When considering selling their companies, many owners become paranoid regarding the issue of confidentiality. They don't want anyone to know the company is for sale, but at the same time, they want the highest price possible in the shortest period of time. This means, of course, that the company must be presented to quite a few prospects to accomplish this. A business cannot be sold in a vacuum.
The following are some of the questions that a seller should expect a confidentiality agreement to cover:
What type of information can and can not be disclosed?
Are the negotiations open or secret?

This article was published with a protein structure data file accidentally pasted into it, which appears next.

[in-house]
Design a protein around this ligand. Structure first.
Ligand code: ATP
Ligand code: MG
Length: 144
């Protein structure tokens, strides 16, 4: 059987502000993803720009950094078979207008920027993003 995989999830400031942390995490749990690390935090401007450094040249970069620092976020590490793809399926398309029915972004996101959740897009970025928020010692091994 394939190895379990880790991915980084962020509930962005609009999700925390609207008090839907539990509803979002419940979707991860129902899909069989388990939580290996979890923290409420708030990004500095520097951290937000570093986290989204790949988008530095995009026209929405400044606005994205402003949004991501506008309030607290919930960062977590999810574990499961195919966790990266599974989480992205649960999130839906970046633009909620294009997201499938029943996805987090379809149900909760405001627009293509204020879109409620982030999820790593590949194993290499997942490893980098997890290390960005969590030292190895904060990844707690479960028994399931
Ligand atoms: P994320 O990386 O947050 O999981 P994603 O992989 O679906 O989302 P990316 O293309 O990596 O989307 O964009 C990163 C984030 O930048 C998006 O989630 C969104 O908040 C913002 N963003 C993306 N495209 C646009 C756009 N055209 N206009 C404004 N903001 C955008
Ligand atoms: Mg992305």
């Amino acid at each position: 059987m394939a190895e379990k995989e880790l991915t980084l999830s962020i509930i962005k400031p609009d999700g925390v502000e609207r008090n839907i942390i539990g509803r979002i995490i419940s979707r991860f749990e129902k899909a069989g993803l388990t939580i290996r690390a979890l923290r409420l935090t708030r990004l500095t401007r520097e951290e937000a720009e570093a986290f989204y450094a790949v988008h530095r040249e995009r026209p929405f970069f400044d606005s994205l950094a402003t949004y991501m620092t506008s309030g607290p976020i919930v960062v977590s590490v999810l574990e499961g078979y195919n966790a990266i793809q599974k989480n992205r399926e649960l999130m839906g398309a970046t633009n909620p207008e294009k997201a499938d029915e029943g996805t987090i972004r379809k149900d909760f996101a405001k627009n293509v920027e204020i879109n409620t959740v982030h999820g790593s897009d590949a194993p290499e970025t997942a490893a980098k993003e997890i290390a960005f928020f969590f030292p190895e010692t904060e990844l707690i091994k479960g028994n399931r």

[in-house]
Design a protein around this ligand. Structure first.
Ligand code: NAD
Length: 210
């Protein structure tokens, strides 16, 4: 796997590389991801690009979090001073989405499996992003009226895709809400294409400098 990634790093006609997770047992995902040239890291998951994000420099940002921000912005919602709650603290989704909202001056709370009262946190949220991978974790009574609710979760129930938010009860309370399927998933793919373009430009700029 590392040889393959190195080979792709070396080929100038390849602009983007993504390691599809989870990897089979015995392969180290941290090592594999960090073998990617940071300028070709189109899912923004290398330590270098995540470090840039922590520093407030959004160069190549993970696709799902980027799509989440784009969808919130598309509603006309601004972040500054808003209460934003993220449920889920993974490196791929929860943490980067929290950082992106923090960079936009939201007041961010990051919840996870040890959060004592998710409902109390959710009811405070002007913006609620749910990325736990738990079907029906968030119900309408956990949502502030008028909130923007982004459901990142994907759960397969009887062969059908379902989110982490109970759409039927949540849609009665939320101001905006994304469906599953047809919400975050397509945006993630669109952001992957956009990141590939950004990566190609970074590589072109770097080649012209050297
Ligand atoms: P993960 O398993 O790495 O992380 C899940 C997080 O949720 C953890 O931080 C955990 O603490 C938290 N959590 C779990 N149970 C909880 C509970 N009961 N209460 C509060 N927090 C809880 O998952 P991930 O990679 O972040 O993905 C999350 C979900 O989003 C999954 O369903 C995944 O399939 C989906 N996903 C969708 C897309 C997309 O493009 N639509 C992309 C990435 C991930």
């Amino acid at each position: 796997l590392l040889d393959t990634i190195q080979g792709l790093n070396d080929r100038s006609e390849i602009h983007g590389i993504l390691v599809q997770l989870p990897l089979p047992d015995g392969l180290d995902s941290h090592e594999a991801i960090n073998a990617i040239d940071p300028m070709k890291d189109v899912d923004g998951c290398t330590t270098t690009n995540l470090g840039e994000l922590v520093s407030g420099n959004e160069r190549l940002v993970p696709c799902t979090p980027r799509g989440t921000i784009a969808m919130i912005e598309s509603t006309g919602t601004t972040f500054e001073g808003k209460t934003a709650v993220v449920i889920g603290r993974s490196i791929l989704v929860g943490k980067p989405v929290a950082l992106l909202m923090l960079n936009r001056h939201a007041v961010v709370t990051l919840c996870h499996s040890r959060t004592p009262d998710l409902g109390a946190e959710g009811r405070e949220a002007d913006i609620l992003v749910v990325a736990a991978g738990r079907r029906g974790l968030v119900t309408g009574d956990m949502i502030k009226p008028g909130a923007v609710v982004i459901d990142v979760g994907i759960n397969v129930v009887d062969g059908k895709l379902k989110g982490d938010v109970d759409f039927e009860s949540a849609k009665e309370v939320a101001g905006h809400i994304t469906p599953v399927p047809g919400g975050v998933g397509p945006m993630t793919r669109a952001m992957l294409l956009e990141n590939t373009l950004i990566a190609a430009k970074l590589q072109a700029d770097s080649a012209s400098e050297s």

What is the time frame for which the agreement is binding? The seller should seek a permanently binding agreement.
What is the patent right protection in the event the buyer, for example, learns about inventions when checking out the operation?
Which state's laws will apply to the agreement if the other party is based in a different state? Where will disputes be heard?
What recourse do you have if the agreement is breached?